593 – Taking on the Taboos: Learn the Inside Story of Veterinary Procedures

Veterinay-Voice-Taking on the Taboos Learn the Inside Story of Veterinary Procedures

Taking on the Taboos: Learn the Inside Story of Veterinary Procedures

Dr. Marty Greer, DVM and host Laura Reeves take on the recently taboo subjects of veterinary procedures such as bark softening, tail docking, ear cropping and dewclaw removal. Greer covers the how, when and, importantly, WHY of these procedures.


Some people call it urban bark. Some people call it bark softening. It kind of gentrifies the term a little bit because you’re really not taking away the bark. You really are softening it. And there’s a lot of misconceptions about it. I’ve heard all kinds of stories about how cruel it is and how difficult the procedure is for the patient. And honestly, none of them are true.


I don’t see problems with the dewclaws coming off. I know there are people who feel that it weakens the carpal joint in the dog and I, to this day, have not seen a dog breakdown it’s Carpus and have difficulty with its carpal joint related to a declaw removal. We do see dewclaws that get torn off during hunting, during other kind of activities …. I actually haven’t seen any literature that suggests that they’ve got proof that (dewclaw removal) makes a difference.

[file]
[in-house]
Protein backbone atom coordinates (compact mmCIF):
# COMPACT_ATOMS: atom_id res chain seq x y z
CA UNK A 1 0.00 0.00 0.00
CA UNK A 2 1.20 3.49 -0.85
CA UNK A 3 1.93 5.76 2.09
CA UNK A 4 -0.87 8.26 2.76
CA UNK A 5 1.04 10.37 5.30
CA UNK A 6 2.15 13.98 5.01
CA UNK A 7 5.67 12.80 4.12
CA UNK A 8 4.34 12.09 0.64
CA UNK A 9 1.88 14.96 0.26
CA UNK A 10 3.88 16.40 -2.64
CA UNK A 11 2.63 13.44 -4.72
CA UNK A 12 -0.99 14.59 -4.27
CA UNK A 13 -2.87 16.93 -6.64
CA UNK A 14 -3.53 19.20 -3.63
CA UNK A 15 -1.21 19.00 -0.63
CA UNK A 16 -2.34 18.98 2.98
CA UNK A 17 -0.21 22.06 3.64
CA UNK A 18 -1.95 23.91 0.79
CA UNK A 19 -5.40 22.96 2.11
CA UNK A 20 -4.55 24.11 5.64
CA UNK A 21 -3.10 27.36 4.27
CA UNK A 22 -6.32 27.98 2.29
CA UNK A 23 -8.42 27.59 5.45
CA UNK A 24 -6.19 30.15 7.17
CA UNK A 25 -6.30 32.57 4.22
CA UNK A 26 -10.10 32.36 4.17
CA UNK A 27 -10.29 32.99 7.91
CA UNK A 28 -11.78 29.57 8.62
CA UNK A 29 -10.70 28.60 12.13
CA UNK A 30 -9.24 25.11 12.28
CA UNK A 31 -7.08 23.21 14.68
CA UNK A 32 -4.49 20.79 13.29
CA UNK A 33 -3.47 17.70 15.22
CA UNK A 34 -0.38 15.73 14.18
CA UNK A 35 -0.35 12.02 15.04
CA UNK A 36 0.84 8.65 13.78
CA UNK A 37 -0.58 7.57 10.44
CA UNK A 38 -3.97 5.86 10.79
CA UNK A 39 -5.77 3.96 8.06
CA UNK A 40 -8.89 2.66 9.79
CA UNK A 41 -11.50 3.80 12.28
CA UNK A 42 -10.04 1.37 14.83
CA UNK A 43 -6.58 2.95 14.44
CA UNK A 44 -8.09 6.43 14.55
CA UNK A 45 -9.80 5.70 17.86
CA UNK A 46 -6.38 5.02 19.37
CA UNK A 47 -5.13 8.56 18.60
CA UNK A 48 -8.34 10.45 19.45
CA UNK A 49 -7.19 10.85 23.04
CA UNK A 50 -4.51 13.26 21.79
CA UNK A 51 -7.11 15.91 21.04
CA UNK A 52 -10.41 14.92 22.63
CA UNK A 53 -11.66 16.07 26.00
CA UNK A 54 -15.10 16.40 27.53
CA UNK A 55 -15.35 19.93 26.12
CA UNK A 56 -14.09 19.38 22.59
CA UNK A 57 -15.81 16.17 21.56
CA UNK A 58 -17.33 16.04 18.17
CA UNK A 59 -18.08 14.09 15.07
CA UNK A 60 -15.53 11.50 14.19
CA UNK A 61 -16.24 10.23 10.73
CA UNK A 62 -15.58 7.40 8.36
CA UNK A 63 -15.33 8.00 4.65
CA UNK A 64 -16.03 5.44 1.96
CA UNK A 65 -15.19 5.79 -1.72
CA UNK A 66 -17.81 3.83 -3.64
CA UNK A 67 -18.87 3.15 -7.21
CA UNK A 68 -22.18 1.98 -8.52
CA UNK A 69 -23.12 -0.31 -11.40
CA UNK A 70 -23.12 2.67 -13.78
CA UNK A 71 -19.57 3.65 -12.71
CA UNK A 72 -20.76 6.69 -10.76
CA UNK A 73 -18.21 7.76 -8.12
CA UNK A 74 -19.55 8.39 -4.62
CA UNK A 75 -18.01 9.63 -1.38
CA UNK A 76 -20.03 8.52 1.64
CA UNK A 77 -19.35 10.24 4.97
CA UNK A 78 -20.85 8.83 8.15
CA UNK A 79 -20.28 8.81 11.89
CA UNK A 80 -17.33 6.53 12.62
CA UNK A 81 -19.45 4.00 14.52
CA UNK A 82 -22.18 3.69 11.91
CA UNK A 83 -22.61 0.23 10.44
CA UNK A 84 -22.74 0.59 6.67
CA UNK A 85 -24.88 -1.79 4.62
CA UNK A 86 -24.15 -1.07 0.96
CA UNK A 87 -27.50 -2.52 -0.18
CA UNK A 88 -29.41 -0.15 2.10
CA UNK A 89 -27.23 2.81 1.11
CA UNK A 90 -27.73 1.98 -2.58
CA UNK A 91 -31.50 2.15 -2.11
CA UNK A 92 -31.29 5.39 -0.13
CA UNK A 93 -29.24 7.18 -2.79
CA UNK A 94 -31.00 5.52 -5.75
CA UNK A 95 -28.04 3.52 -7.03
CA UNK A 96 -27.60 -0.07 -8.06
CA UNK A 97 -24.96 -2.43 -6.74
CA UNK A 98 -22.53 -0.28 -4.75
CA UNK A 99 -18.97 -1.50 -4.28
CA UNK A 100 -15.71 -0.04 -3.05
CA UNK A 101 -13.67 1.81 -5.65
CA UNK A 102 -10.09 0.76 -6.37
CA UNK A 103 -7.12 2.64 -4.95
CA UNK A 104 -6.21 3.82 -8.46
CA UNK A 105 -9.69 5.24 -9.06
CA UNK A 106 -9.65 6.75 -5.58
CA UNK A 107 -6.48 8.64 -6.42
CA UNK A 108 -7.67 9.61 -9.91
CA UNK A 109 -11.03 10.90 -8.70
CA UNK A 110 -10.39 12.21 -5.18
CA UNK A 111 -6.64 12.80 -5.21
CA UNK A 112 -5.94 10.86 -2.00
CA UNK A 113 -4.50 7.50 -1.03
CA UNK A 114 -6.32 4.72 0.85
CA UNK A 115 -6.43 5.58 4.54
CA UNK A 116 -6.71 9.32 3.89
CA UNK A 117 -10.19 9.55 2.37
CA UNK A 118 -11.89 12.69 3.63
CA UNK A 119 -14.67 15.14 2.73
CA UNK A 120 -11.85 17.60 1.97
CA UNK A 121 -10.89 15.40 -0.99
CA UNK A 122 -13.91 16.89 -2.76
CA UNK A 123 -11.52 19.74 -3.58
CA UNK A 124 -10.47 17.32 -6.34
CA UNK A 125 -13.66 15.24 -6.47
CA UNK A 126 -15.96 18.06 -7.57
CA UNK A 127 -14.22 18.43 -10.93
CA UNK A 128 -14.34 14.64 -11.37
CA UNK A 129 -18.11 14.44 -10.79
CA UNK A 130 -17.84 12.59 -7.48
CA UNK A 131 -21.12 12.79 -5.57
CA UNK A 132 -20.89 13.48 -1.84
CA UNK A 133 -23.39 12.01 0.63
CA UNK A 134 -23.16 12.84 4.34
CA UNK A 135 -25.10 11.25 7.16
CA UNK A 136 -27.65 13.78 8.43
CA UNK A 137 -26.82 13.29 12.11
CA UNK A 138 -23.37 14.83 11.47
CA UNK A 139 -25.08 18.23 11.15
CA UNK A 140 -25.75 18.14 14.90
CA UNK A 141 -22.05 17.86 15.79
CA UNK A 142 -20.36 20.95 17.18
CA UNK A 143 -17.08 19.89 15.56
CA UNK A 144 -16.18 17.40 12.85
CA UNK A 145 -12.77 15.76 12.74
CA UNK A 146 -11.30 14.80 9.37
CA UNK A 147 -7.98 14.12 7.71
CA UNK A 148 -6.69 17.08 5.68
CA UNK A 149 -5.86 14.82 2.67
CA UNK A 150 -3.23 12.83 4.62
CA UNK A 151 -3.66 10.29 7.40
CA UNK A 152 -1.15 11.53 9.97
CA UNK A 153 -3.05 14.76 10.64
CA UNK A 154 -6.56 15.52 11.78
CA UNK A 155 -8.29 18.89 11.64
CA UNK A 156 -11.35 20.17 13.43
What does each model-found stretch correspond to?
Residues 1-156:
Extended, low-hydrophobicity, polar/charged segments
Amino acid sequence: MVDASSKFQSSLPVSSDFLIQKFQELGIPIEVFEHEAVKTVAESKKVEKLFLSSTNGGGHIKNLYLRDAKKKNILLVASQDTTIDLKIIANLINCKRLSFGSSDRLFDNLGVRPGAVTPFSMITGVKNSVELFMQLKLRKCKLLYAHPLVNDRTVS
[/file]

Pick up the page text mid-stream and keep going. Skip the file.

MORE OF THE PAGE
Tail Dock

Nothing, nothing is more horrible than a broken, bleeding tail. Nothing. They crack them on the wall in the crate, in the kennel. And then they start to bleed. And then, oh my God, it looks like an axe murder happened in your house. It is unbelievable how much blood they can spray around from the end of their tail, and they’re very hard to bandage. They don’t heal very well, so they can be a real challenge.

There’s a lot of reasons that people do tails. It’s not just about breed type, it is really about function as well.

Watch Dr. Greer perform this simple procedure.

Ear Crop

Breed type is a big deal. If you don’t crop the ears on a Doberman, it doesn’t look like a Doberman.

I think we have to be really honest with ourselves that it’s about appearance, it’s about breed type. It’s primarily a cosmetic procedure and we have to be honest about it. But you have to decide what you’re breeding for because again, ear set and ear leather has changed because people don’t really pay attention to it.

In Closing

I will tell you that a lot of the procedures that (some folks) are telling people not to do are far less invasive and far more beneficial for the pet than spaying and neutering. Because why do we spay and neuter our dogs? Because we’re too lazy to control their sexual behavior. It’s not for their health. The American public has become complacent and will not (train) their dogs.


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